I’m just a plainspoken Colorado criminal defense lawyer, but the way I see it…
The governor of New Hampshire is about to sign a bill repealing a law that Moses near to broke his back lugging down Mount Sinai.
Adultery, defined most generally as sexual intercourse between a married person and someone not that person’s spouse, is still a crime in twenty-one of these United States, though soon to be only twenty when that governor dips her pen in Granite State ink. My home state, Colorado, is way ahead of the flattening curve, having repealed a similar law all the way back to last August.
Change comes at a slow pace: had he lived, the oldest criminally accountable adulterer in New Hampshire would be around 240 years old today. That’s a lot of criminal adultery. In France, nobody’s minded about that sort of thing since the birth of…France. I’m pretty sure you can’t get a visa to go to France without committing adultery first.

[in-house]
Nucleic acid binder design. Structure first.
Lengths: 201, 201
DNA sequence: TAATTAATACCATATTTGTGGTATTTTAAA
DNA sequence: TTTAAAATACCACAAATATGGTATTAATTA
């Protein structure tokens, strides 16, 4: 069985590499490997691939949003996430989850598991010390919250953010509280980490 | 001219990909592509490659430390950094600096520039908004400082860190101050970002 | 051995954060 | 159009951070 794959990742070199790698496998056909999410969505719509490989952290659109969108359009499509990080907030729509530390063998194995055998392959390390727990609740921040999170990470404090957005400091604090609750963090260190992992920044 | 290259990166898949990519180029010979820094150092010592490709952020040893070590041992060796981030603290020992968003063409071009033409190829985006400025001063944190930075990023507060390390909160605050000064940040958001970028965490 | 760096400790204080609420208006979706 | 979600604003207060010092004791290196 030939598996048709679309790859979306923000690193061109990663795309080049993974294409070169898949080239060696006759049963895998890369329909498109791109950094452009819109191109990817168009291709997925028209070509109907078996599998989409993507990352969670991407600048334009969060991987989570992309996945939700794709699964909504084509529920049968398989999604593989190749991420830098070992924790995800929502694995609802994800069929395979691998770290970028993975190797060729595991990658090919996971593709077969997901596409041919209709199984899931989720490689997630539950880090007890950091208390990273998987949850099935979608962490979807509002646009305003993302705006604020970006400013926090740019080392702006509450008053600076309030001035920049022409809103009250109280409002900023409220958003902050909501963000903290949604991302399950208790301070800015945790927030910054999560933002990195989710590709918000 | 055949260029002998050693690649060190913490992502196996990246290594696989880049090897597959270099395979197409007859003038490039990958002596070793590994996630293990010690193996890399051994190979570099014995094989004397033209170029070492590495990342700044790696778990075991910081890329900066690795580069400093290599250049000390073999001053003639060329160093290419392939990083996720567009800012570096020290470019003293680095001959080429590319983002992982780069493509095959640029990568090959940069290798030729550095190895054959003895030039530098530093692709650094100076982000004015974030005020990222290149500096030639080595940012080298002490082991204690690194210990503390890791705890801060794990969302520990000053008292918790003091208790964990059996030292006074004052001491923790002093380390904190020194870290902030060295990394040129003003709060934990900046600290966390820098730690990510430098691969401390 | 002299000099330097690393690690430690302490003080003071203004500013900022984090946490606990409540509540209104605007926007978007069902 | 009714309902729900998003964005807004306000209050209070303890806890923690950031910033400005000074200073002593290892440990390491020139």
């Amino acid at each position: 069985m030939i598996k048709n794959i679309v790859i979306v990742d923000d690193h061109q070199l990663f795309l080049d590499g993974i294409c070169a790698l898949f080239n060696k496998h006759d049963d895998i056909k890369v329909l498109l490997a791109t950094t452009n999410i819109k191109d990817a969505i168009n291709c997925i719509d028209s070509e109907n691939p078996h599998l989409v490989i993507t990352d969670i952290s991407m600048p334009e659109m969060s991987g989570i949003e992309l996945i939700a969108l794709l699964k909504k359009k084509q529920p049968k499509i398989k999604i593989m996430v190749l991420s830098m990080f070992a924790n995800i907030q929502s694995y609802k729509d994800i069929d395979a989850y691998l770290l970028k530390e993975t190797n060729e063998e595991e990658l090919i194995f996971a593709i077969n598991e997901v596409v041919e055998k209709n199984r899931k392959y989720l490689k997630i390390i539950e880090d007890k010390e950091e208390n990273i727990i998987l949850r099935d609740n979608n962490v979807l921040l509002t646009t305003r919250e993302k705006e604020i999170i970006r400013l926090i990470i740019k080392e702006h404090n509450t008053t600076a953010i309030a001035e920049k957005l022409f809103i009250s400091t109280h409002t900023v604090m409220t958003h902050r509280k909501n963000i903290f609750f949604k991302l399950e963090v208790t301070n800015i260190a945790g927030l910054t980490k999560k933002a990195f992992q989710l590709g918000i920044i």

Some states, like Arizona, you expect to find this law still on the books. They don’t like anything up to date, like gays, Mexicans, or Democrats. But Utah? It’s almost impossible, for a man at least, to commit adultery when you have 23 wives. Like some backwoods areas of the South, there’s at most about three degrees of separation from folks there anyway. Coincidentally the South almost universally legally forbids adultery.
Fortunately for those few affected people, and for the millions upon millions of adulterers in New York, the laws aren’t much enforced. You can’t repeal laws if all the legislators are in jail.